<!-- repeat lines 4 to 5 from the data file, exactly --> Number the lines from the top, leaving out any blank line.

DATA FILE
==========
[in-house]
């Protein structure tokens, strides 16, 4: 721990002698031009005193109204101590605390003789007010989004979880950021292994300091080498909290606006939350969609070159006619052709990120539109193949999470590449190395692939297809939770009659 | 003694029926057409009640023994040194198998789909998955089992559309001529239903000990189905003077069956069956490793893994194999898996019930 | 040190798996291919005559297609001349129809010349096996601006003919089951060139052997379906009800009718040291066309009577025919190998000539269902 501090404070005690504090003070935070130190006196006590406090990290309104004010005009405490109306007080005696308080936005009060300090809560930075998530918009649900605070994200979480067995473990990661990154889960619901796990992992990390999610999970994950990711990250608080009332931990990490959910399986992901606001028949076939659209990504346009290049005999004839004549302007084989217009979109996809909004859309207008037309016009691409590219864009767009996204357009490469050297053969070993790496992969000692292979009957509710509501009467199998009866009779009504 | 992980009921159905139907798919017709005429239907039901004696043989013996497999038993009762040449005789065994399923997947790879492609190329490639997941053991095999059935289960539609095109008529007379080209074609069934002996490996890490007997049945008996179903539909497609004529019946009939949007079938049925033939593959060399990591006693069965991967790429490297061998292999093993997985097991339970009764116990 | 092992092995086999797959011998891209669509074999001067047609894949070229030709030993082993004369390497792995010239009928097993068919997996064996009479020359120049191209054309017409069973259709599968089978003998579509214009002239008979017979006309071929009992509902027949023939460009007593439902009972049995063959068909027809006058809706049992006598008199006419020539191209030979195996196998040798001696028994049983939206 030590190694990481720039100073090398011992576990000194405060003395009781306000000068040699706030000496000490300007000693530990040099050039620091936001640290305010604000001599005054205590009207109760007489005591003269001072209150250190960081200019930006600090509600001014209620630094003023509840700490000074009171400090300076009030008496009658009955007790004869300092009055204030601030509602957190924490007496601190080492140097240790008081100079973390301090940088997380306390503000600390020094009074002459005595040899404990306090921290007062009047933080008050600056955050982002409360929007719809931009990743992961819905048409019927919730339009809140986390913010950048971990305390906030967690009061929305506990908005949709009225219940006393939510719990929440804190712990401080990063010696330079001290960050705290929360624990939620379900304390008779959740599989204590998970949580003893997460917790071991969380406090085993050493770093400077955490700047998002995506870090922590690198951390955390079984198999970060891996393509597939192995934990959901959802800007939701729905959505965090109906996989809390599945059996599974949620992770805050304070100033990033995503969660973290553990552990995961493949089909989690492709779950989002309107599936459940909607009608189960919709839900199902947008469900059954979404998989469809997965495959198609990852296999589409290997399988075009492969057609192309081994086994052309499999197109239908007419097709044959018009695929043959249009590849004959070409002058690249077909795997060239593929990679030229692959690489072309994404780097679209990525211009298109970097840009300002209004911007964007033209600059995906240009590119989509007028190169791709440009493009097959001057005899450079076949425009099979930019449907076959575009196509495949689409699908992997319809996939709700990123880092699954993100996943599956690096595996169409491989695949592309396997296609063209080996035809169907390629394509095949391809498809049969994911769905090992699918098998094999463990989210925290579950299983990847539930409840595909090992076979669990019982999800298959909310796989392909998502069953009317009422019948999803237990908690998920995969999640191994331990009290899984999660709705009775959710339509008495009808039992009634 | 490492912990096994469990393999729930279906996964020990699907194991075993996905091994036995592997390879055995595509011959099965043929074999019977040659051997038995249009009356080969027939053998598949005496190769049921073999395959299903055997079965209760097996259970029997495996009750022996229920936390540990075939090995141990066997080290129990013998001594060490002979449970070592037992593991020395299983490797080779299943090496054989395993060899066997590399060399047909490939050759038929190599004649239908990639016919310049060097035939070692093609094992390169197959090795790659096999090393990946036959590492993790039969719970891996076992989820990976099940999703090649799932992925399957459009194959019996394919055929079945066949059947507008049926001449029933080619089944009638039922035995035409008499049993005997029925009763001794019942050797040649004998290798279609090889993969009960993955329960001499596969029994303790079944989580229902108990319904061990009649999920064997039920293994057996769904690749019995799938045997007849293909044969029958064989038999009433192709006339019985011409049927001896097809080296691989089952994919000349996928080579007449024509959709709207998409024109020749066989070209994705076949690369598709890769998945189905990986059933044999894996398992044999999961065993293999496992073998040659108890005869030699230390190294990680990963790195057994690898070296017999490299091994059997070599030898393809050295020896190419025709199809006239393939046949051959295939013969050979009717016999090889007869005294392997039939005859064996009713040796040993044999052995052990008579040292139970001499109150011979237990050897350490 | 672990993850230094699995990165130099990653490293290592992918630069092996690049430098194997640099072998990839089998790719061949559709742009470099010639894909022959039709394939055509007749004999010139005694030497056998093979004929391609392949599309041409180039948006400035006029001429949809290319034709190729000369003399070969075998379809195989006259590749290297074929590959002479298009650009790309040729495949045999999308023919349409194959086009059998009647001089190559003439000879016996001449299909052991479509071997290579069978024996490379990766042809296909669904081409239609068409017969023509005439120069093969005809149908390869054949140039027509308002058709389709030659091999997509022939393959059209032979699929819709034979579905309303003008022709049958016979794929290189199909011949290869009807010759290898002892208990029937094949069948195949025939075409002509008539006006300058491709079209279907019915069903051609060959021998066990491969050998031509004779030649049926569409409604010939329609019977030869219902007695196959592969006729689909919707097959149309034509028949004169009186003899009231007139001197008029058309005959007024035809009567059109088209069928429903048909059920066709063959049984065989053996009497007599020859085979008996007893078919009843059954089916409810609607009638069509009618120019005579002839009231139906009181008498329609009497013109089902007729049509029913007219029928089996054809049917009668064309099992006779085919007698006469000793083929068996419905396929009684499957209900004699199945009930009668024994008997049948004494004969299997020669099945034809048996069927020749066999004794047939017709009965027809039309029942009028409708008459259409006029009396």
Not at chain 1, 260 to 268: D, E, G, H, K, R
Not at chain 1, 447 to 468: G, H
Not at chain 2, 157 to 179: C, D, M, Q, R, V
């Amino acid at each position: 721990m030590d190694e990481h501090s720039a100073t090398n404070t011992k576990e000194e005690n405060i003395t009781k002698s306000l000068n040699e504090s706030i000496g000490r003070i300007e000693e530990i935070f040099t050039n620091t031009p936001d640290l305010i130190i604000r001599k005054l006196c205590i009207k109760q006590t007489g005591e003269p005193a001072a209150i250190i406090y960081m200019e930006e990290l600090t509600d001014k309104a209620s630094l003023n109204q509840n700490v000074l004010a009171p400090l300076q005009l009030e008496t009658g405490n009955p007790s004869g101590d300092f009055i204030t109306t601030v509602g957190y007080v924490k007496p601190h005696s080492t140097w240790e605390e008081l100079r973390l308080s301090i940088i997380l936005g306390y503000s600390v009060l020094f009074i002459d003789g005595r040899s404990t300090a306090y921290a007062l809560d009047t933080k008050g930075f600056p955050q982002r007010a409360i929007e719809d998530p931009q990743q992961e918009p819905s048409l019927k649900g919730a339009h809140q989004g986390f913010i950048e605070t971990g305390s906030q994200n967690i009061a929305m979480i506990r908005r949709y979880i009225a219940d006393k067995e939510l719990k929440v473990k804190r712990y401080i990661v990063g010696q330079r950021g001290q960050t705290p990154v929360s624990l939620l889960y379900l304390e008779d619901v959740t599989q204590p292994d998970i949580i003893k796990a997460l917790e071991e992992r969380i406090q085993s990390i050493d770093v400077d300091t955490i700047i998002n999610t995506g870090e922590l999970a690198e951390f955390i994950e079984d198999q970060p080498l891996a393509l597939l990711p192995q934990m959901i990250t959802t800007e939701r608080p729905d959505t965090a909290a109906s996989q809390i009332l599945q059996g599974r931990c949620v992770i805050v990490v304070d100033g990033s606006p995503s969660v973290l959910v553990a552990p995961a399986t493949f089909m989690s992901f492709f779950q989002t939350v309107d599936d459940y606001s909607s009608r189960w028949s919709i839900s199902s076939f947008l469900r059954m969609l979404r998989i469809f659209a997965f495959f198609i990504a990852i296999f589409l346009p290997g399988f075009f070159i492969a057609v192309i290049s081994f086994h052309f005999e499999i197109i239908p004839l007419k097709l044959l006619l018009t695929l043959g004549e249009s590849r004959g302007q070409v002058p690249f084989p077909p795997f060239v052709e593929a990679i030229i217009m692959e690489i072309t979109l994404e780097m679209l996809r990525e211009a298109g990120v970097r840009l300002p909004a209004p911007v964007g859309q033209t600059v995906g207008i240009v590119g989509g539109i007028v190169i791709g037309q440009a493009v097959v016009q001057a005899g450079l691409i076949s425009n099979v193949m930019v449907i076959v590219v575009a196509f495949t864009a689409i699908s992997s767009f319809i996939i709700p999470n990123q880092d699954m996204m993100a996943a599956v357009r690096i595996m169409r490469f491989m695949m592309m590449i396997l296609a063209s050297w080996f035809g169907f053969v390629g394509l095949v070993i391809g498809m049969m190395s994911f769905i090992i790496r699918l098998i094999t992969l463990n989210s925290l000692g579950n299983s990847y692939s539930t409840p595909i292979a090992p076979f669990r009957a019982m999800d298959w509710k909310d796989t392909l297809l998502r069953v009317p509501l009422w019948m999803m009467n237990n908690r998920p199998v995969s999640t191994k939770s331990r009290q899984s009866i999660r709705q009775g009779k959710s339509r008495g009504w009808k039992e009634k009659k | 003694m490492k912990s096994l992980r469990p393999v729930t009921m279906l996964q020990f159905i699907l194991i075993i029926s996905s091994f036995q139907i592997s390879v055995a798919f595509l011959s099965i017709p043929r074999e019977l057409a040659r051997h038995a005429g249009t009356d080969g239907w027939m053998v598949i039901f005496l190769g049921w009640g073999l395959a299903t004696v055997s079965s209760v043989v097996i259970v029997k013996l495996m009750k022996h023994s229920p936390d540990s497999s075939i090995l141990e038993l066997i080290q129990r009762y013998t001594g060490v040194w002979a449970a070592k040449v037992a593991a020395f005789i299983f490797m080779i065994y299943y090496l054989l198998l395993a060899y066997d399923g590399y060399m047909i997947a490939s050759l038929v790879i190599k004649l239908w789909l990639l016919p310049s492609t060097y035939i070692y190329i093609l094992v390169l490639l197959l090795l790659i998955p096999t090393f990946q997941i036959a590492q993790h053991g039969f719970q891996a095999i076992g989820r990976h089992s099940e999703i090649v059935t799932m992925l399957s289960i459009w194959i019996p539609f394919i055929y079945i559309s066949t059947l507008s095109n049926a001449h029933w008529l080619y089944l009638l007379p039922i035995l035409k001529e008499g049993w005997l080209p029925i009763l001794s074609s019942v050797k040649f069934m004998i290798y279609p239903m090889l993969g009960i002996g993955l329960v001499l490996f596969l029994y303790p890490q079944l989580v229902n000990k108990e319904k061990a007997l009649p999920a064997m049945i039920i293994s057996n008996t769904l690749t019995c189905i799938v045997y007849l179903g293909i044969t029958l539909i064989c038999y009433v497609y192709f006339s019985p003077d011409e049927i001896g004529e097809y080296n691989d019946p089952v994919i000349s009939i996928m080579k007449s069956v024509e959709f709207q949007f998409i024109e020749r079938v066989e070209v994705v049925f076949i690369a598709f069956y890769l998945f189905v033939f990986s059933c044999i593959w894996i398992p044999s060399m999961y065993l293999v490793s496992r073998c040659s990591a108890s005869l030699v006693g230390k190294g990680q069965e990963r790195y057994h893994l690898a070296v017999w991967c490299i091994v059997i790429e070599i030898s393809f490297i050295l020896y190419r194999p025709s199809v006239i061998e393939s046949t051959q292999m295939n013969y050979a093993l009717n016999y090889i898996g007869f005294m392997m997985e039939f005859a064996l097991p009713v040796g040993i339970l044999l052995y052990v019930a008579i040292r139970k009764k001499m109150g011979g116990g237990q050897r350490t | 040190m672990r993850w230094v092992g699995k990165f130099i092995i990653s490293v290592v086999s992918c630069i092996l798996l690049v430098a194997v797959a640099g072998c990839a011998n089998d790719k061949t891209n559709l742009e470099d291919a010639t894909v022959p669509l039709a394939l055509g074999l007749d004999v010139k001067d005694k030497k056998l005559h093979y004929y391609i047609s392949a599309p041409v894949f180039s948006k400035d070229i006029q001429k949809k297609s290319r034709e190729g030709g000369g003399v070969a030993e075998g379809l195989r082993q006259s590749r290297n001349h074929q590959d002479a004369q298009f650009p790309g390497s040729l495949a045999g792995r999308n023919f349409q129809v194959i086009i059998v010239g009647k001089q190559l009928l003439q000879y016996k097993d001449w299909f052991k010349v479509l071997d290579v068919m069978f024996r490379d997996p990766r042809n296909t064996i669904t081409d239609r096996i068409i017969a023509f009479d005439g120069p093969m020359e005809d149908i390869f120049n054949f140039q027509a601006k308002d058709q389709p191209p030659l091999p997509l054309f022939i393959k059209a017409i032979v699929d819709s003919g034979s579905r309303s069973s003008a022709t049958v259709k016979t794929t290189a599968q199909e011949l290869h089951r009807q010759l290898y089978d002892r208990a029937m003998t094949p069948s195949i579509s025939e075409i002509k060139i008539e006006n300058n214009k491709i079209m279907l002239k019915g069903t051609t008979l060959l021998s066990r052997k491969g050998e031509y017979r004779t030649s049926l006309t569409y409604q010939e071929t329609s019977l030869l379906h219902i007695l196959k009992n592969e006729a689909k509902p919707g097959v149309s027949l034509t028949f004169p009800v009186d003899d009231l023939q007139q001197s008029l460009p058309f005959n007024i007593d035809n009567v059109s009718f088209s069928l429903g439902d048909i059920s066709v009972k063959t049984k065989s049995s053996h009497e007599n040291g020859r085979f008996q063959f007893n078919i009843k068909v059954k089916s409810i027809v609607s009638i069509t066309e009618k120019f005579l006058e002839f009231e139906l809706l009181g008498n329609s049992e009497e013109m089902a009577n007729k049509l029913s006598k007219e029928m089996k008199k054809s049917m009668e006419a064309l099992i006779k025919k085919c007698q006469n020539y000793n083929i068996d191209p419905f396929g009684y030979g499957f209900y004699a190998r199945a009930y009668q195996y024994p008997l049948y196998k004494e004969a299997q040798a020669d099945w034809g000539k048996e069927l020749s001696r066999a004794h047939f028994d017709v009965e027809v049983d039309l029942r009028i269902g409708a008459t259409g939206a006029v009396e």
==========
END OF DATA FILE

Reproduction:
Not at chain 1, 447 to 468: G, H
Not at chain 2, 157 to 179: C, D, M, Q, R, V